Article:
During his two-and-a-half years and three draft cycles with the company, Mourier has filled his laptop with infographics and progress charts for Impact athletes. They include individualized goals for each player; an example involves raising one prospect's weight by 20 pounds, lowering his body fat by 2%, increasing his bench press weight by 50 pounds and adding two inches to his vertical.

Mourier feels privileged to work with athletes at this stage of their careers. To him, the noise of team ecosystems and outside expectations all fade away. He can clearly define goals, and players know exactly what success will look like.

"This is the first time, maybe ever in their life, where they have a team of people that are only worried about them," he said. "Now, I'm just trying to get you to the NBA and keep you there. I don't care whether you win or lose games right now. This is you. All the focus is on you."

Boot camp begins as soon as players are done with their respective prior seasons. They arrive at Impact and take part in comprehensive body testing to establish a full physical profile. The technology includes a bioelectrical impedence analysis that uses electrical currents to scan body composition. Sweat patches can read how much sodium athletes need in their system.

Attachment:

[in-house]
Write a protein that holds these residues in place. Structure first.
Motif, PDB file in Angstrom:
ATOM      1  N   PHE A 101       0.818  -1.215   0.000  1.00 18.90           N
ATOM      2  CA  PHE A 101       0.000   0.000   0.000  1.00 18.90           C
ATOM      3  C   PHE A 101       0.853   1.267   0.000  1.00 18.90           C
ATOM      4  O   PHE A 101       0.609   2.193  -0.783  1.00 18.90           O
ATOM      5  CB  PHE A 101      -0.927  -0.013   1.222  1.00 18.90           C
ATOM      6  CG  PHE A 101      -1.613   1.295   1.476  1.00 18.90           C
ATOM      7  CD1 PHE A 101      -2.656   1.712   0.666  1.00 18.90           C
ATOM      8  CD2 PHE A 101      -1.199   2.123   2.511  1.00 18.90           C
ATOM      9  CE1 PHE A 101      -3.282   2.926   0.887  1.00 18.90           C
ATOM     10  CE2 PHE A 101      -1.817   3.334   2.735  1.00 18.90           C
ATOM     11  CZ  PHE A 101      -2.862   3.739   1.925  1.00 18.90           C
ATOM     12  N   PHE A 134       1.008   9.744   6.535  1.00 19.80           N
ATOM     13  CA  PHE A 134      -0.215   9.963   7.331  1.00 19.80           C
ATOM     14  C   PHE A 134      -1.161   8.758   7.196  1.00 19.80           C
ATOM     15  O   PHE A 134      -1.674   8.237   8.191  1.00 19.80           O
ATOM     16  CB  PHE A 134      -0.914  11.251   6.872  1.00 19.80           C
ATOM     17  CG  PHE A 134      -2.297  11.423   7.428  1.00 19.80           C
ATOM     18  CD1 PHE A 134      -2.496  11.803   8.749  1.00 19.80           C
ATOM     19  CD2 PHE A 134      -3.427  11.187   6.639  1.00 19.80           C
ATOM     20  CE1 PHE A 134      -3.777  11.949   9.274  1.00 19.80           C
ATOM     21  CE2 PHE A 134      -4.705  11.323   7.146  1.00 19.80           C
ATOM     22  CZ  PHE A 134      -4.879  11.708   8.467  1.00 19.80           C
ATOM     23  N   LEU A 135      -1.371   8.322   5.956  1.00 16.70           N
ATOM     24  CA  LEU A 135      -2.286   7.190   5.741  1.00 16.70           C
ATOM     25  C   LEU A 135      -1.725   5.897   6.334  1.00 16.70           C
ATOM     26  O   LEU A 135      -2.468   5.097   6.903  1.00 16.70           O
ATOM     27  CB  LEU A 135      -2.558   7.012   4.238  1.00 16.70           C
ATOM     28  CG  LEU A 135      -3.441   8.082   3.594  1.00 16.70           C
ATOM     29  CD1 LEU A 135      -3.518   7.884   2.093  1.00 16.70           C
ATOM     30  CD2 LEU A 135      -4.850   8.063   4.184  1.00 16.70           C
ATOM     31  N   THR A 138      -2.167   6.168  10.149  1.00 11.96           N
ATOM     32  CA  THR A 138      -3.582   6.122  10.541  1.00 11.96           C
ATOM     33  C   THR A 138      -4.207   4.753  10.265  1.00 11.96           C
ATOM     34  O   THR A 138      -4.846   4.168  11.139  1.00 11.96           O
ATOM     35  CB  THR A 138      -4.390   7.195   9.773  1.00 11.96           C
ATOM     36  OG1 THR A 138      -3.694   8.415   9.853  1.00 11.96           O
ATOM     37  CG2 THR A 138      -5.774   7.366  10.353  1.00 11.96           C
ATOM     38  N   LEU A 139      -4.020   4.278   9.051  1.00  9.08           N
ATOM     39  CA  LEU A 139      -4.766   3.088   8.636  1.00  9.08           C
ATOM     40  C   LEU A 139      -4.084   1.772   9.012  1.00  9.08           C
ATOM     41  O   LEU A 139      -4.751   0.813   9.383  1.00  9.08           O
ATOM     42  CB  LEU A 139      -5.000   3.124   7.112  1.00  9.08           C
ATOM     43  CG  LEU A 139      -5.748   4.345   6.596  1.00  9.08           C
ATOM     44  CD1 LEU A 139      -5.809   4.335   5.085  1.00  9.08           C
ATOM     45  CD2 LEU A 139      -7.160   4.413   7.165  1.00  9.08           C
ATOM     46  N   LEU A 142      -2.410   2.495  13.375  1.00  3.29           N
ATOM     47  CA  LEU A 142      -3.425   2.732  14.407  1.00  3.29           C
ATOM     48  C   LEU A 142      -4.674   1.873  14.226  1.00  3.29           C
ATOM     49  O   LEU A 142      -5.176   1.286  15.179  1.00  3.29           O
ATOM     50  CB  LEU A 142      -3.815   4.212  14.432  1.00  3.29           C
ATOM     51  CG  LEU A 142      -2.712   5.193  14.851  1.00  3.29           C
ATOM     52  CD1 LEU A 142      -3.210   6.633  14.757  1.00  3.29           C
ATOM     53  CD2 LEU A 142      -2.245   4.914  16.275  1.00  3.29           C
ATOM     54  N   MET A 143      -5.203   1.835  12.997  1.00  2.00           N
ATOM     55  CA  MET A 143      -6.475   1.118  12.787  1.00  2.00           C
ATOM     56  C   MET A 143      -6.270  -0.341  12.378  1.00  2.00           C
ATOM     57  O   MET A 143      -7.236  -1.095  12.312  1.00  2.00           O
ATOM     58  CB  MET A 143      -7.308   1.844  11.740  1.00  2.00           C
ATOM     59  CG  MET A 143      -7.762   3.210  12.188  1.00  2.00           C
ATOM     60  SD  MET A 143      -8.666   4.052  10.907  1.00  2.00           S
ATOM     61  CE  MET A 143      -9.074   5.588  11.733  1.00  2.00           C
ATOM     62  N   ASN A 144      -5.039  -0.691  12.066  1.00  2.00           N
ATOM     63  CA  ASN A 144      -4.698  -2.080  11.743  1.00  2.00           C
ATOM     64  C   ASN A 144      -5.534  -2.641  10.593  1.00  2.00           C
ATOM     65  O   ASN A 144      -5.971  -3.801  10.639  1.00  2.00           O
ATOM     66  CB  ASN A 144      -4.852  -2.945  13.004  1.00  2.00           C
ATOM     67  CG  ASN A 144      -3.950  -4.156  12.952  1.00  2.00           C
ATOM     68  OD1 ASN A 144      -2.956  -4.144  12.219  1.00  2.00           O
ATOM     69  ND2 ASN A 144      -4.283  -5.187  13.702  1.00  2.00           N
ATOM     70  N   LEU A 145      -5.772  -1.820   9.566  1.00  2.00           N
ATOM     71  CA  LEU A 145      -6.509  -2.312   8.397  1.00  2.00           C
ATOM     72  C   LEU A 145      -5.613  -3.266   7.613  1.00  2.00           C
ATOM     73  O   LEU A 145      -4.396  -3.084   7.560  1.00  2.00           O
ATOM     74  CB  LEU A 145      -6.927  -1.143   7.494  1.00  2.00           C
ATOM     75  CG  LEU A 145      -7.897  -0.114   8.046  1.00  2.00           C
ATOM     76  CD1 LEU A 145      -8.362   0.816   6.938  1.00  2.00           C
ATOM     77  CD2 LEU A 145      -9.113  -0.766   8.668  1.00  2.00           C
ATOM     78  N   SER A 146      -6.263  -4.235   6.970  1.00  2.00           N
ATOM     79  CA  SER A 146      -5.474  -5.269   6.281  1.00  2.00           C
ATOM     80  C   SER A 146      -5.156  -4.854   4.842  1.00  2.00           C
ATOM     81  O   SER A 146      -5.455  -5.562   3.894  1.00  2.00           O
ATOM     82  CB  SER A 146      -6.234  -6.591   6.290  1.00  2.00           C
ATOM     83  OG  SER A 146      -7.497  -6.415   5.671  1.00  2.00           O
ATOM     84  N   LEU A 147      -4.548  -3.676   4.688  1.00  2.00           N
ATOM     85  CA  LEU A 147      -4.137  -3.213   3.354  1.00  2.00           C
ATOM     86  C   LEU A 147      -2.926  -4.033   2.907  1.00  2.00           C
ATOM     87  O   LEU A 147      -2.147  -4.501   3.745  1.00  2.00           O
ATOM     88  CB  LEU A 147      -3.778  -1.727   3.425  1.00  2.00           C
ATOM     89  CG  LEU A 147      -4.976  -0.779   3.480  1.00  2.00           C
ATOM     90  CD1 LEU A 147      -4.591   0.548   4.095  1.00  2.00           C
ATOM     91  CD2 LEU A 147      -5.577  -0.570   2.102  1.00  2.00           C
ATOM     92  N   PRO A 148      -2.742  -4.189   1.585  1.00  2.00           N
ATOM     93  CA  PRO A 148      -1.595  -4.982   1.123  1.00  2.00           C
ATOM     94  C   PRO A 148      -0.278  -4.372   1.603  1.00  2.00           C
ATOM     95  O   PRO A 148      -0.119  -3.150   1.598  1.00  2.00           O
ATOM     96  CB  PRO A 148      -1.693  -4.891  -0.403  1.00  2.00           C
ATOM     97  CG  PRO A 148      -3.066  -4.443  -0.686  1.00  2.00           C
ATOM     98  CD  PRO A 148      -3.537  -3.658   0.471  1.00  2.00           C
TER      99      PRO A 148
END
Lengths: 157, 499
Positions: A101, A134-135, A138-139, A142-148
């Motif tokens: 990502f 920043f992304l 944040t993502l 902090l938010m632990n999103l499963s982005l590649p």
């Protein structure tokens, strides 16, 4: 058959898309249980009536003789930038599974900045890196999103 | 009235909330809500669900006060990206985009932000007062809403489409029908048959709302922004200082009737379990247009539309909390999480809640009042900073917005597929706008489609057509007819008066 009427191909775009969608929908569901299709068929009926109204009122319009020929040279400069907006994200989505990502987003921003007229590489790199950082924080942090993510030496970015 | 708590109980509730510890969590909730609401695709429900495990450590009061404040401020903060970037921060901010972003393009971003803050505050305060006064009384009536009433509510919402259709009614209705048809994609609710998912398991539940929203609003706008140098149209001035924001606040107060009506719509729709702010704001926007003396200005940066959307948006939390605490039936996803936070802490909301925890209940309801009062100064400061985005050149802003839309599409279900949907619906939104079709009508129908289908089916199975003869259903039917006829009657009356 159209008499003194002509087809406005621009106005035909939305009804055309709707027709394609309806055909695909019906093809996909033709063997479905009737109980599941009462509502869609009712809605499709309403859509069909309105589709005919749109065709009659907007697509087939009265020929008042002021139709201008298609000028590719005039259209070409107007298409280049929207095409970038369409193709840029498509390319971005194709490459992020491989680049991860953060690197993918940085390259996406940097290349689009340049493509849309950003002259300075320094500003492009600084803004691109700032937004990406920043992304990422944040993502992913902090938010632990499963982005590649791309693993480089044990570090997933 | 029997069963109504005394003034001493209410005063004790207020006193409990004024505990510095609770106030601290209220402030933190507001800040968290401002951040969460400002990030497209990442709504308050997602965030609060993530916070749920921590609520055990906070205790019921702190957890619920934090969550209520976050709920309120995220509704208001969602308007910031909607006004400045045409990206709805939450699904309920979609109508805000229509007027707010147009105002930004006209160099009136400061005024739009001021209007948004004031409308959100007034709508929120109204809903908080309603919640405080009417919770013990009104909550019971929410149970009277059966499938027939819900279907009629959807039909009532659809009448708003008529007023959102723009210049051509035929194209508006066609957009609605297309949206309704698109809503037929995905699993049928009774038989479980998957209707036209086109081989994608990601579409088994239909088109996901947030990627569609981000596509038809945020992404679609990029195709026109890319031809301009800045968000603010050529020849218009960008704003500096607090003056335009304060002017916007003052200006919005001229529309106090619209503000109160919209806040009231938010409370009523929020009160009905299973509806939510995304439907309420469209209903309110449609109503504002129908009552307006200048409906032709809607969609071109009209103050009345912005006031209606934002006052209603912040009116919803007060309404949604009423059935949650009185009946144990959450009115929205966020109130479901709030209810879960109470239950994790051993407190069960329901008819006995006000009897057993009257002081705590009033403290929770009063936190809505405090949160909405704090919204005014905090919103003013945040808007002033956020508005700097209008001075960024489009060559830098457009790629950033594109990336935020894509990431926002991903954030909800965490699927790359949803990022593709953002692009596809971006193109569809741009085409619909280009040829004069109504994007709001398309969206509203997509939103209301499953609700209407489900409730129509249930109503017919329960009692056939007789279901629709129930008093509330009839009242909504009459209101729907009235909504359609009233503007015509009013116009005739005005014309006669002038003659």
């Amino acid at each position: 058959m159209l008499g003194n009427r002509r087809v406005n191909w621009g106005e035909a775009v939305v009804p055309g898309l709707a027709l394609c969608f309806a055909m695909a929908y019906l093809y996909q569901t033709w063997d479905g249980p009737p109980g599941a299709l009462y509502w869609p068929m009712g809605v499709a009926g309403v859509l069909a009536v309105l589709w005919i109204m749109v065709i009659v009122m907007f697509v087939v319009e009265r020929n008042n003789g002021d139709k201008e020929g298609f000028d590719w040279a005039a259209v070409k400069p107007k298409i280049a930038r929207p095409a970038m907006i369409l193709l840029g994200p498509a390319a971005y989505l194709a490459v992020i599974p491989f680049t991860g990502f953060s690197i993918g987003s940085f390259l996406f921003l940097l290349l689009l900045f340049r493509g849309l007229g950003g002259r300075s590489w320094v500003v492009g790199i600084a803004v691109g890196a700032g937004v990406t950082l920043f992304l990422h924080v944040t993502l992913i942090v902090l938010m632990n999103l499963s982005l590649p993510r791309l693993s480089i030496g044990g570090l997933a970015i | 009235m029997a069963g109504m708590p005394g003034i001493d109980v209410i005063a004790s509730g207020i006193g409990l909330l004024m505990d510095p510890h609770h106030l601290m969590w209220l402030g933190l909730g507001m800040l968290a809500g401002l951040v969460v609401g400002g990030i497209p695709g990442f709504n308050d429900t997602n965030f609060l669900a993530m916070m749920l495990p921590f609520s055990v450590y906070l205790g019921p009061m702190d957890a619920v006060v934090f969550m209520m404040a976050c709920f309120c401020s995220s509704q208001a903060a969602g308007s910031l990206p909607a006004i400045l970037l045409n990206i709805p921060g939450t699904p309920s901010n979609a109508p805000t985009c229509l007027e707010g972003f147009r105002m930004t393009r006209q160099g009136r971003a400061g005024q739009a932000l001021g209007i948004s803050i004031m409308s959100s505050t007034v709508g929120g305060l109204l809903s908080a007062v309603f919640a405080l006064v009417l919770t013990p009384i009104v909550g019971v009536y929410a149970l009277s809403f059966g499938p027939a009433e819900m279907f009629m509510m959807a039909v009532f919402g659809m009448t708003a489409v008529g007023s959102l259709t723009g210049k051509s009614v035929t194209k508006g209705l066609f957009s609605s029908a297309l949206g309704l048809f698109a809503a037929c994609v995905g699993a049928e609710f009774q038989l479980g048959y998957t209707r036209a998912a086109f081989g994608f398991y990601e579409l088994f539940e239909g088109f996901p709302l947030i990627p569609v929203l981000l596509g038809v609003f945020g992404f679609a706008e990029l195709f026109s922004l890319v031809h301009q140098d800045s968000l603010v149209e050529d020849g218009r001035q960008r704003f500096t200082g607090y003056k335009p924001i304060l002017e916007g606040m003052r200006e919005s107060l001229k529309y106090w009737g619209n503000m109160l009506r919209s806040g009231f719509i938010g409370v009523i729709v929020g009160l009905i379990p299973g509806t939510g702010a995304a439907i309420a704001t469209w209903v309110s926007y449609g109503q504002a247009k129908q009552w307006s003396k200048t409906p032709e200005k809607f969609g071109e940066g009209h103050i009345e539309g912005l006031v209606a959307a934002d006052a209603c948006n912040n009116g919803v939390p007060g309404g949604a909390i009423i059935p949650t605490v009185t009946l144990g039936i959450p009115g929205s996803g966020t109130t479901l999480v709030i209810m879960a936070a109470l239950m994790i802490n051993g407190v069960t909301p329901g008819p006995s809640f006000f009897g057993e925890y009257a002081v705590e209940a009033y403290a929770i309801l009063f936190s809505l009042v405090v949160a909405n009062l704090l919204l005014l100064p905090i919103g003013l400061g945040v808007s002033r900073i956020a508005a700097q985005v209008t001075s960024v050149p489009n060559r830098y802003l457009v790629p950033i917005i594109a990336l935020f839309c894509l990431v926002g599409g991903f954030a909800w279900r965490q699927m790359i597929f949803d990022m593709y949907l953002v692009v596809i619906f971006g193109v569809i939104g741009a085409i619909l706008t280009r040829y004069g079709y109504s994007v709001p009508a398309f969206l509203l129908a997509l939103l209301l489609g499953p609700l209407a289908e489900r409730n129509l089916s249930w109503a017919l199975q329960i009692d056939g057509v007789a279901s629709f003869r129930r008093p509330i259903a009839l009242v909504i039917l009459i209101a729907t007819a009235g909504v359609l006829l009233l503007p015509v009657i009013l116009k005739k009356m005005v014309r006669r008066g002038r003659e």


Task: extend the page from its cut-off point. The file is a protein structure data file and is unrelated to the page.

Variables such as blood work, stress hormone levels, nutrient deficienies, pre-workout hydration levels and post-workout hydration levels, body composition and body fat percentages all help establish a baseline of strengths and needs.

From there, each prospect receives an individualized growth roadmap. Skill development makes up one component. Players often train together in small groups, but they receive specific plans that prepare them for team pre-draft workouts and the NBA level.

"We're looking and analyzing and making assessments on the court; if guys are getting bumped off their cuts, if guys don't have enough lower-body power in their jump shot and guys seem like they need to get stronger, if guys aren't fast enough, [we'll consider], 'Okay, what do we need to do in the weight room or from a nutrition standpoint to correct that?'" Abunassar told Basketball News. "So, that's why every guy has his own program, because every guy has different goals."